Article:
Greece fails to reach breakthrough in unity government
Greece failed Wednesday to reach a breakthrough on an interim government after three days of intense talks, despite growing international pressure and threats of imminent bankruptcy, dpa reported.
The country's outgoing Prime Minister George Papandreou said earlier that the two main parties had agreed to form an interim coalition government to secure a new 130-billion-euro debt deal.
"Today, despite our political and social differences, we are putting aside our conflicts," Prime Minister George Papandreou said in a televised address.
"We will take the necessary steps together ... to secure the implementation of the European debt deal, decisions which offer our country security," he continued.
But less than an hour later, the power-sharing talks appeared to have broken down between Papandreou's Socialists and the opposition conservatives led by Antonis Samaras, without naming a new prime minister to take over.
The president's office said the meeting would reconvene on Thursday morning. No reasons were given for the delay.
Former European Central Bank vice president Lucas Papademos had previously emerged as a leading candidate to head the new national unity government, which is to have a caretaker role until elections on February 19, 2012.
But his candidacy appeared to have lost ground and the names of Socialist PASOK party veteran Apostolos Kaklamanis and parliament speaker Filipos Petsalnikos came forth in widespread media speculation.
Papandreou and Samaras agreed at the weekend to form a 15-week interim government. Along with implementing Greece's bailout package, the interim government's task will be to steer the country towards fresh elections.
On Tuesday, Socialist cabinet ministers handed their resignations to Papandreou.
French President Nicolas Sarkozy spoke by telephone with Papandreou early Wednesday, the Elysee reported, adding that Papandreou had informed the French president of the imminent formation of a new Greek government.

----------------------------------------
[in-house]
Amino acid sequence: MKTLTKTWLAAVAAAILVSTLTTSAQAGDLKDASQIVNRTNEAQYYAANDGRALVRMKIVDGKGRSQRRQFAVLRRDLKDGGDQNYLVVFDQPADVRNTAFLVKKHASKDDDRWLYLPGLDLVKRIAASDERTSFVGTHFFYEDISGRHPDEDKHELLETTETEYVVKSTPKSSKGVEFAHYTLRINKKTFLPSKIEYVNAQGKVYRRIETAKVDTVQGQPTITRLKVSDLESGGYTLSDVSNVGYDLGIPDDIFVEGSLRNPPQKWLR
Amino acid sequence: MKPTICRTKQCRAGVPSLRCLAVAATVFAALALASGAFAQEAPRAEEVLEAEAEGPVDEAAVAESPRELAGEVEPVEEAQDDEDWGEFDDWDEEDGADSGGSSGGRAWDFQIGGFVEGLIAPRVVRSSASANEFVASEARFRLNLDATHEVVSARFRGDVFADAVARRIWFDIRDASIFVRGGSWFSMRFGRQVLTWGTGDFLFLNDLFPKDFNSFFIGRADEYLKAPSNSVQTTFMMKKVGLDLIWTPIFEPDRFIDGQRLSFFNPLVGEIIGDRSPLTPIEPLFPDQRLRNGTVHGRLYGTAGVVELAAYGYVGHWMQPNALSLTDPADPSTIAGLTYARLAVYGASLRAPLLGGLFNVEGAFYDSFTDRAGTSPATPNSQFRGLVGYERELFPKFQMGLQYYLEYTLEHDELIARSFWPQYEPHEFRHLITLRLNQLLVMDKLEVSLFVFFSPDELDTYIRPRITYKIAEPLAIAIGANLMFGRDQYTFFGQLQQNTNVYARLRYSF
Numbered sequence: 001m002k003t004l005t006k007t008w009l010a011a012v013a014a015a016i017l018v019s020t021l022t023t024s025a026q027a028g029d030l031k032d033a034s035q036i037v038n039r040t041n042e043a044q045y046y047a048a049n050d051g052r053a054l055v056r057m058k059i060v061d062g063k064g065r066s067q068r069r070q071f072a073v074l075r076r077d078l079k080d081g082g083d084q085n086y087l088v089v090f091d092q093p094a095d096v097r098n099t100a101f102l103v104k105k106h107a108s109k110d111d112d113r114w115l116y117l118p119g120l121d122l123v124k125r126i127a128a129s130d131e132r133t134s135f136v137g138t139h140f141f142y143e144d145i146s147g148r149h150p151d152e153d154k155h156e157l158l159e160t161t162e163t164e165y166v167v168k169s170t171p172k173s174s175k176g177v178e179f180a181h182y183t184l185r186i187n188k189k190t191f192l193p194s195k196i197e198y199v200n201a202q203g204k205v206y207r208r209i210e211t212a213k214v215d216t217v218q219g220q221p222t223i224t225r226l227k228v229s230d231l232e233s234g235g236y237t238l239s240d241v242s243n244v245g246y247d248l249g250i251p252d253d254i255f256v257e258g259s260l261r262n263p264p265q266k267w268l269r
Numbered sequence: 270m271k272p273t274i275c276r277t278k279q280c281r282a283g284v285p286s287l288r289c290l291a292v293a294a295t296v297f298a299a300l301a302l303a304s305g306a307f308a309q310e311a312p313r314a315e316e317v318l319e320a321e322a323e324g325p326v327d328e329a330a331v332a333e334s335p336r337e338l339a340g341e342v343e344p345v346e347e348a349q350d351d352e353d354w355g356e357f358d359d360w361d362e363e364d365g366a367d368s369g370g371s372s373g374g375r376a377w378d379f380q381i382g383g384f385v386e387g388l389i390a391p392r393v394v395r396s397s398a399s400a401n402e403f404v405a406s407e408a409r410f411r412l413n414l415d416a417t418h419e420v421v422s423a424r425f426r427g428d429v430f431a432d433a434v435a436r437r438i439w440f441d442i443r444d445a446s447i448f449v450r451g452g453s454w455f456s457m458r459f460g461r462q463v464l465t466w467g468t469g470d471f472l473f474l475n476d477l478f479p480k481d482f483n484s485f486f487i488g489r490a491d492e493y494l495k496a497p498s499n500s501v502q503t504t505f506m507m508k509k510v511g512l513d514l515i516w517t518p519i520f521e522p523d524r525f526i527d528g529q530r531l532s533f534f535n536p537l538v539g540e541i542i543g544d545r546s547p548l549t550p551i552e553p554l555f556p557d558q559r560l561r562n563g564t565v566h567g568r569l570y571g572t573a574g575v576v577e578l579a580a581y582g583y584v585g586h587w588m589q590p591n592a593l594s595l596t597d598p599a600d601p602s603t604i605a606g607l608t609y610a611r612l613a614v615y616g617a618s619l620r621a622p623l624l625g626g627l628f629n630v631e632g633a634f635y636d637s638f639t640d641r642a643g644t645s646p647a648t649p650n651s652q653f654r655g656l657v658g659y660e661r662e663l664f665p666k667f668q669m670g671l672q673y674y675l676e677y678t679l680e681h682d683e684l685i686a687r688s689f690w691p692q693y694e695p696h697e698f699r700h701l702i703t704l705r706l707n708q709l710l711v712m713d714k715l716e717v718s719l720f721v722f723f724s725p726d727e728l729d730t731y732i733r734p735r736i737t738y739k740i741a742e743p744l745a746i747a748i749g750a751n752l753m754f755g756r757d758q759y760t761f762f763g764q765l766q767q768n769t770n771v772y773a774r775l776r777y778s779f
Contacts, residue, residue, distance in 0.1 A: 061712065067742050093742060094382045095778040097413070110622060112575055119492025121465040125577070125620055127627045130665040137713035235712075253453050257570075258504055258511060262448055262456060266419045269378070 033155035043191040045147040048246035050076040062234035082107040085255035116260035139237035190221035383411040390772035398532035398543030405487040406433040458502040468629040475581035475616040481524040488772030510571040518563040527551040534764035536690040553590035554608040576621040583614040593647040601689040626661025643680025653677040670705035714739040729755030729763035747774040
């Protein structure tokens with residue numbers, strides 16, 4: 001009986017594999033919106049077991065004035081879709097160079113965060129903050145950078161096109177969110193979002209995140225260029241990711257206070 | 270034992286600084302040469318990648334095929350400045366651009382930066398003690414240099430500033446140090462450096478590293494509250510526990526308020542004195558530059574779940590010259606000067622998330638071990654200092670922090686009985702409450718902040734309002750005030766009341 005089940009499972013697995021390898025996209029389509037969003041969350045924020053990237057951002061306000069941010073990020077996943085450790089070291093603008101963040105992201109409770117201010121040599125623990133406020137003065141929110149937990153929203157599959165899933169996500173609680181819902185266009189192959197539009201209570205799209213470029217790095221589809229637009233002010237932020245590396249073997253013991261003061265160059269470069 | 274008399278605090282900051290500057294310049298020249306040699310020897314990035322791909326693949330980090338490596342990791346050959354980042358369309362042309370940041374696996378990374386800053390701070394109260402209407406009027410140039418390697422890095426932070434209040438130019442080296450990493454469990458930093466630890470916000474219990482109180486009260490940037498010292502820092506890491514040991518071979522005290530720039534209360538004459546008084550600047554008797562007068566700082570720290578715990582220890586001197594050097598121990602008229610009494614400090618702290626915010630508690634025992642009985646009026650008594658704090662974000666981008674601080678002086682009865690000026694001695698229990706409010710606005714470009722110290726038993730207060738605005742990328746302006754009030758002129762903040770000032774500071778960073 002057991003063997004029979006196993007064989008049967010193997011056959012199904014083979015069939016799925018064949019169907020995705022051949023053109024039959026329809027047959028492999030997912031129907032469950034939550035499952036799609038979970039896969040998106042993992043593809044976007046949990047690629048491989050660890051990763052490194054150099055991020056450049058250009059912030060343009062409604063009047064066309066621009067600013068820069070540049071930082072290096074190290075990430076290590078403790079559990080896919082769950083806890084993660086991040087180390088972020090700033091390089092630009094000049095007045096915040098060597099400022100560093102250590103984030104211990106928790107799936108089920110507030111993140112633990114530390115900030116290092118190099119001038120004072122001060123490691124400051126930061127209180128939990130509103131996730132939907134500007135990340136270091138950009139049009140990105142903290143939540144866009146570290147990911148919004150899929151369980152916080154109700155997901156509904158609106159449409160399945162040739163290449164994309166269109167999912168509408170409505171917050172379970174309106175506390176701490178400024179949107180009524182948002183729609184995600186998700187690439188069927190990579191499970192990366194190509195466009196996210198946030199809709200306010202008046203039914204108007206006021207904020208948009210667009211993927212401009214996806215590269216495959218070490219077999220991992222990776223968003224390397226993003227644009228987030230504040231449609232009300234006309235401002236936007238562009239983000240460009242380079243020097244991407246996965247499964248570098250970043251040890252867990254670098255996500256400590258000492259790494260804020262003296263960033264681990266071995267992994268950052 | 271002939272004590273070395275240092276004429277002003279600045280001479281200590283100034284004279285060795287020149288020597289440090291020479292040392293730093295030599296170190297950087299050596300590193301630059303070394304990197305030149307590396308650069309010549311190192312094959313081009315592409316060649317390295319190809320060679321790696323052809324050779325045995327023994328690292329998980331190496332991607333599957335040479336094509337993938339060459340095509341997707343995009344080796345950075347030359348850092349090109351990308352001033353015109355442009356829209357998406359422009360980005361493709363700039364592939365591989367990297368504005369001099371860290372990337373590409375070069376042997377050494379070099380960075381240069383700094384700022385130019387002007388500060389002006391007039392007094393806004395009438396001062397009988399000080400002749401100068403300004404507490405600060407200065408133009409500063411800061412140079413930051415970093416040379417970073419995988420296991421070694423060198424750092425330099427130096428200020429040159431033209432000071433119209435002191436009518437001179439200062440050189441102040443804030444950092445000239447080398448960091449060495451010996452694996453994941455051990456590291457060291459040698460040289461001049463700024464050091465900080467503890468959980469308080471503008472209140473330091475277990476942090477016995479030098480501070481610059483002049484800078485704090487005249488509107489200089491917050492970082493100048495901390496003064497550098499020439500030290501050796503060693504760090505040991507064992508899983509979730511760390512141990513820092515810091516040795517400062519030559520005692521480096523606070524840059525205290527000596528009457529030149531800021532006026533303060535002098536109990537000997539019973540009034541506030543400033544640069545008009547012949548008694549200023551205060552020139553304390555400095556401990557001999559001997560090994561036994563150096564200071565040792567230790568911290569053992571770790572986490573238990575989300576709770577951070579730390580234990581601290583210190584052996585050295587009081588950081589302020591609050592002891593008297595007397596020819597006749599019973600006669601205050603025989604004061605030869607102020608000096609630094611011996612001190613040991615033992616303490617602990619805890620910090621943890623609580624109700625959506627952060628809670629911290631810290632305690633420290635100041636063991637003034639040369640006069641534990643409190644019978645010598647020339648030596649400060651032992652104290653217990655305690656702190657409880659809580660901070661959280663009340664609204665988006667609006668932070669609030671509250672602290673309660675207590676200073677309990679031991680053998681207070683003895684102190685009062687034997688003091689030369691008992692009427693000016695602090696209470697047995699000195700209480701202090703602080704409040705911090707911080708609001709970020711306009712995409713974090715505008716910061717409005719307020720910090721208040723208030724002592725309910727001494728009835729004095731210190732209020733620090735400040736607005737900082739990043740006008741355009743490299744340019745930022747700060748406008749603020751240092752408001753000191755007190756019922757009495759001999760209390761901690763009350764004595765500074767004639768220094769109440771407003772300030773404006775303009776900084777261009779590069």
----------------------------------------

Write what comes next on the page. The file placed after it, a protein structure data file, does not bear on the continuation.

Sarkozy "saluted" Papandreou's action, welcoming the prospect of a unity government which would allow the implementation of the eurozone deal.
Athens could be forced into bankruptcy before the end of the year without the approval of the deal and the associated release of an 8-billion-euro loan installment.
According to daily Kathimerini, Samaras has balked at eurozone demands for a written commitment to the fiscal targets and measures demanded by the country's international lenders.
Samaras is insisting that a verbal commitment should be enough to reassure Greece's lenders.
"There is such a thing as national dignity," he said. "I have repeatedly explained that, in order to protect the Greek economy and the euro, the implementation of the October 26 agreement is inevitable."
He was referring to an EU agreement regulating losses for Greek creditors.
On Monday, eurozone finance ministers said the heads of the two main parties had to commit in writing to the terms of the country's bailouts before Athens can receive the next loan installment.
The crisis turned political last week after Papandreou said he would put the new European rescue package to a referendum, causing markets to tumble around the world and angering European leaders. He later reneged on the referendum.